Director’s Welcome

Director's Welcome

Welcome to the University of Virginia Department of Family Medicine Residency Program!

First – let me tell you a little bit about myself – I am John Gazewood, and have been the Residency Program Director since January 2007. I have been in practice since 1990, when I finished residency and practiced full spectrum family medicine for 5 years in a small town in East Tennessee. I caught the “teaching bug” and went back to where I did my residency – in Missouri – where I completed a geriatric and faculty development fellowship. I joined the faculty at UVA in 1997, and along with my wife have raised four children in “C’ville.” I enjoy fishing, hiking, listening to music, eating (always eating!), running and watching movies.

Now – let me tell you about our residency! We are excited about our program – we recently celebrated our 50th anniversary! We had a wonderful weekend sharing stories from faculty, graduates and staff that spanned all 5 decades of our program – from the first program director to current residents. The themes in these stories say a lot about the shared experiences of residents in our program – the commitment to excellence in patient care and education; the immersion in evidence-based medicine and the sharing in service to vulnerable members of our community. And most importantly – we take care of each other – our department is a caring, supportive place to work, learn and grow.

I think our program is among the best in the country, and a great place to train to be a family doctor. Our first department chair, B. Lewis Barnett, built a robust training program, with faculty and residents respected throughout our hospital, making an “opposed” program a “collaborative” one, where our residents have great relationships with peers and faculty on other services. “Dr. B” also shared a spirit of compassion with patients, residents and colleagues, and we work hard to continue that legacy of caring. Our nationally recognized refugee care programs, Leadership in Global Health Track, innovative behavioral health program, as well as our innovative curricula in resident wellness, health equity and information mastery set us apart. We are excited to be planning Areas of Concentration in HIV Medicine and in Gender-Affirming Medicine.

What we treasure most about our department is the spirit of collegiality, shared purpose and joy we bring to our mission of service – we really enjoy working with each other! We have a dynamic and talented faculty with diverse interests, outstanding residents and staff, excellent clinical programs, with a surprisingly diverse patient base and we live in a wonderful community surrounded by natural beauty. We are constantly striving to improve the care we provide our patients, the training we provide our residents, and how we work together and care for each other.

Charlottesville is a wonderful place to live, but like every community in the US, we struggle with the legacy and ongoing impact of systemic racism and white supremacy. It has been just a bit over 5 years now since the white supremacist “Unite the Right” riot took place in Charlottesville. Many people were injured and one counter-protestor, Heather Heyer, was killed. Like others in Charlottesville and around our country, I was stunned by this open display of racism and hatred. Looking back now, I know that I should not have been surprised by this. Racism is a feature of our country – one that we have not yet put behind us. We learned that not being prejudiced was not enough, but that we have to work to become anti-racists. That work continues.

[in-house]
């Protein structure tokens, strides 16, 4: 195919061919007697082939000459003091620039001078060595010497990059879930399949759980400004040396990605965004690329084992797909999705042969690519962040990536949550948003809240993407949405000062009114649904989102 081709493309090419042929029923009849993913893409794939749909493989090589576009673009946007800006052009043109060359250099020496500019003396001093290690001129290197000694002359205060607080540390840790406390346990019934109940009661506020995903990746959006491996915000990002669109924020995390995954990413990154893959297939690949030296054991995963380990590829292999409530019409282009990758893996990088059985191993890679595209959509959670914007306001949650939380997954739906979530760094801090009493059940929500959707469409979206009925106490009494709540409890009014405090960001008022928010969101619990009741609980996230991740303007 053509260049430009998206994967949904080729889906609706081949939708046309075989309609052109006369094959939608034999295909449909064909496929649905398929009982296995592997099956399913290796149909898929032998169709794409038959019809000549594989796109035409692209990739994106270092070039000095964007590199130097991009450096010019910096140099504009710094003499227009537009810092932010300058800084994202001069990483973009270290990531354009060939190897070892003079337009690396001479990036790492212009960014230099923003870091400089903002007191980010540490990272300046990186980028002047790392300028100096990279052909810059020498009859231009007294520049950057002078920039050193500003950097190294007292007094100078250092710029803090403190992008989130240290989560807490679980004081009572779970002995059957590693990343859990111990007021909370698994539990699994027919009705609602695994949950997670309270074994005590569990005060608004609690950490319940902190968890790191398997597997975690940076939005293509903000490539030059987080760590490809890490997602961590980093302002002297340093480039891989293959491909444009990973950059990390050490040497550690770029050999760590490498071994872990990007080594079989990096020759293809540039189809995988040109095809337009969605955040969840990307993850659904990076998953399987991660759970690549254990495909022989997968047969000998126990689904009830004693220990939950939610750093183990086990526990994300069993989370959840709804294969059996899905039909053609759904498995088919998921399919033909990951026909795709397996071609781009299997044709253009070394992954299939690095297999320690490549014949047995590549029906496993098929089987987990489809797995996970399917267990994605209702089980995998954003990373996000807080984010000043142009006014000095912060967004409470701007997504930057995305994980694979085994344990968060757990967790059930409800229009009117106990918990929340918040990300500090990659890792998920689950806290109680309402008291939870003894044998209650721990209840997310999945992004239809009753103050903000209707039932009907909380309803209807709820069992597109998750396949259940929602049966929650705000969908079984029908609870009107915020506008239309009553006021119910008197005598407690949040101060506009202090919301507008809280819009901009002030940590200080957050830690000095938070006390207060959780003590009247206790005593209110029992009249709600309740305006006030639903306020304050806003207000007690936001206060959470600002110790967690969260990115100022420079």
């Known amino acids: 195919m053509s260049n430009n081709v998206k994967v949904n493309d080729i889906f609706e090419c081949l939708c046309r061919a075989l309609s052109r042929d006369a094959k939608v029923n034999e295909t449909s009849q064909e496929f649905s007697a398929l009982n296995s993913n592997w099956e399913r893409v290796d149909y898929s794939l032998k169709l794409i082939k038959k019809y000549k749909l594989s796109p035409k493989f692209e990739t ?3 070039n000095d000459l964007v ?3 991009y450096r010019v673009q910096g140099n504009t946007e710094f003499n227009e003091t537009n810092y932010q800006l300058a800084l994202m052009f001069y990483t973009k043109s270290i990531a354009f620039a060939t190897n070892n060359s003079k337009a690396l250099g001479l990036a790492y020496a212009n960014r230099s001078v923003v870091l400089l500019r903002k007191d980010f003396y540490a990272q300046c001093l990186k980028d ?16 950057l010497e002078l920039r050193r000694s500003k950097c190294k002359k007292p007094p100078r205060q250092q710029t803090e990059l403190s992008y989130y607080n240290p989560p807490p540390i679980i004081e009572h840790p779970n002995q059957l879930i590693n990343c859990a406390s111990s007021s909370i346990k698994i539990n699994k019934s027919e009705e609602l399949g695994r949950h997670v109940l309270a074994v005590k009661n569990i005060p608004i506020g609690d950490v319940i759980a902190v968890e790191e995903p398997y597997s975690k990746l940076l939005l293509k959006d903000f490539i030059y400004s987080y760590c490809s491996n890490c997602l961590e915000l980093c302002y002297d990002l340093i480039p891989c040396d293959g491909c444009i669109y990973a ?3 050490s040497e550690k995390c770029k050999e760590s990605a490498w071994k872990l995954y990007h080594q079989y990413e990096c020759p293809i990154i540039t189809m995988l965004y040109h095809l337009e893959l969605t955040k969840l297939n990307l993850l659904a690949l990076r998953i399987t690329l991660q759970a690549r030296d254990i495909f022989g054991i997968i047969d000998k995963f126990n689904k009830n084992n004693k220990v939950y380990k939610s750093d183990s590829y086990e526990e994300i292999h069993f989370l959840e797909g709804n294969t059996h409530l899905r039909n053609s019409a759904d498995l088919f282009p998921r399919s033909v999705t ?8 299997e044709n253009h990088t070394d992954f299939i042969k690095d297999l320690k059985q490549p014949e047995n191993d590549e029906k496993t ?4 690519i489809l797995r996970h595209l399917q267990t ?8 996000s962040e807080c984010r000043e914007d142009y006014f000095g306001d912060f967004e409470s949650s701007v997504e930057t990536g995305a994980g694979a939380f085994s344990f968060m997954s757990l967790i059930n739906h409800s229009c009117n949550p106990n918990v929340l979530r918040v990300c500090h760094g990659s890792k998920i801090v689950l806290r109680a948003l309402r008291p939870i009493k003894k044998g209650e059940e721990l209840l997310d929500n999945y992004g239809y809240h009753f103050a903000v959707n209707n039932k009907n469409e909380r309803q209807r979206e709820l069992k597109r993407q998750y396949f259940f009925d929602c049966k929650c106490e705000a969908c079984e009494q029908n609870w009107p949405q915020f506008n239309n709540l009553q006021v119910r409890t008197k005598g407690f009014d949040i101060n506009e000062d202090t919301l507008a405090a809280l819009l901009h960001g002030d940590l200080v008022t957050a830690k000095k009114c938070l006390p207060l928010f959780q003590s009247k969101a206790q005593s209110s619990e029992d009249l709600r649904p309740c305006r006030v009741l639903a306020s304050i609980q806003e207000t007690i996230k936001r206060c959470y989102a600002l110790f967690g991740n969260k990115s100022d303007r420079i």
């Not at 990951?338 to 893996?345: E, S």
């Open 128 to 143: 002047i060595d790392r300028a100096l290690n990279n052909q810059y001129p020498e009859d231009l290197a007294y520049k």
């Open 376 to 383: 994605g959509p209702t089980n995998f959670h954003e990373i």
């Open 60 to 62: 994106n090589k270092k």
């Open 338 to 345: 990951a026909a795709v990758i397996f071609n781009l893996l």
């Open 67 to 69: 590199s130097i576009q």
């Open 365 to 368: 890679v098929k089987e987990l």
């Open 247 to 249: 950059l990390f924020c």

What have we done in our department and what is happening in our community? We developed a longitudinal health equity curriculum that uses place-based learning to teach about the local systems of racial oppression and how they continue to affect the health of community members. We started a Diversity and Inclusion Committee in our department to help foster a more inclusive environment. We have totally changed our applicant review and interview process. In our practice we are applying a health equity lens to clinic policies, such as our late-arrival policy and no-show policy. In our community, Charlottesville and Albemarle counties have implemented anti-racism policies in the public-school systems and governments and there is continuing dialogue about racism in our community and work towards addressing policies, laws and practices that perpetuate racial disparities. Moreover, we got rid of those statues of Lee and Jackson that motivated the “Unite the Right” planners.

We are by no means where we need to be – we know we fall short, and are trying to find ways to move ahead. We could use your help!

Thank you for your interest in our program – I look forward to meeting you this interview season!

John D. Gazewood, MD, MSPH, FAAFP
Harrison Medical Teaching Associate Professor of Family Medicine
Residency Program Director
Vice Chair
(Pronouns: he, him, his)



Our Response to the Events of 8/11 and 8/12/17

What does the “Unite the Right” rally that happened in 2017 say about Charlottesville?

While it’s true that Charlottesville shares a history of racism with many cities in the United States, the “Unite the Right” rally was organized by white supremacists and neo-Nazis in response to a decision by the Charlottesville City Council to move away from this legacy of racism by removing two statues of Confederate generals…

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